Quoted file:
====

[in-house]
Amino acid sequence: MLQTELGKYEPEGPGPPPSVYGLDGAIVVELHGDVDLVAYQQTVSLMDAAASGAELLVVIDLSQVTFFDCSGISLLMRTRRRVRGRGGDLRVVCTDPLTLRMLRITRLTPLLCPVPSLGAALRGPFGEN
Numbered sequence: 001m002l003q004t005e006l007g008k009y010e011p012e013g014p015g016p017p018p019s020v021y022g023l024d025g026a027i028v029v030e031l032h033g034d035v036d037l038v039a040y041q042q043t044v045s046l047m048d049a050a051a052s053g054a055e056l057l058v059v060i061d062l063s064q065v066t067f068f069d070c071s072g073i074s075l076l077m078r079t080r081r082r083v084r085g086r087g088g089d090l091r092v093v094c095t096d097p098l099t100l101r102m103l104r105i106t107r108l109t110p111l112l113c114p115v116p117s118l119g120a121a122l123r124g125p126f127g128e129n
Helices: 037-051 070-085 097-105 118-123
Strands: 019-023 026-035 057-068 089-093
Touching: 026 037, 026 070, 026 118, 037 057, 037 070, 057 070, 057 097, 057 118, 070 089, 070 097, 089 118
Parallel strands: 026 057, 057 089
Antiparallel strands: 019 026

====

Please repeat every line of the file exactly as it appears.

[in-house]
Amino acid sequence: MLQTELGKYEPEGPGPPPSVYGLDGAIVVELHGDVDLVAYQQTVSLMDAAASGAELLVVIDLSQVTFFDCSGISLLMRTRRRVRGRGGDLRVVCTDPLTLRMLRITRLTPLLCPVPSLGAALRGPFGEN
Numbered sequence: 001m002l003q004t005e006l007g008k009y010e011p012e013g014p015g016p017p018p019s020v021y022g023l024d025g026a027i028v029v030e031l032h033g034d035v036d037l038v039a040y041q042q043t044v045s046l047m048d049a050a051a052s053g054a055e056l057l058v059v060i061d062l063s064q065v066t067f068f069d070c071s072g073i074s075l076l077m078r079t080r081r082r083v084r085g086r087g088g089d090l091r092v093v094c095t096d097p098l099t100l101r102m103l104r105i106t107r108l109t110p111l112l113c114p115v116p117s118l119g120a121a122l123r124g125p126f127g128e129n
Helices: 037-051 070-085 097-105 118-123
Strands: 019-023 026-035 057-068 089-093
Touching: 026 037, 026 070, 026 118, 037 057, 037 070, 057 070, 057 097, 057 118, 070 089, 070 097, 089 118
Parallel strands: 026 057, 057 089
Antiparallel strands: 019 026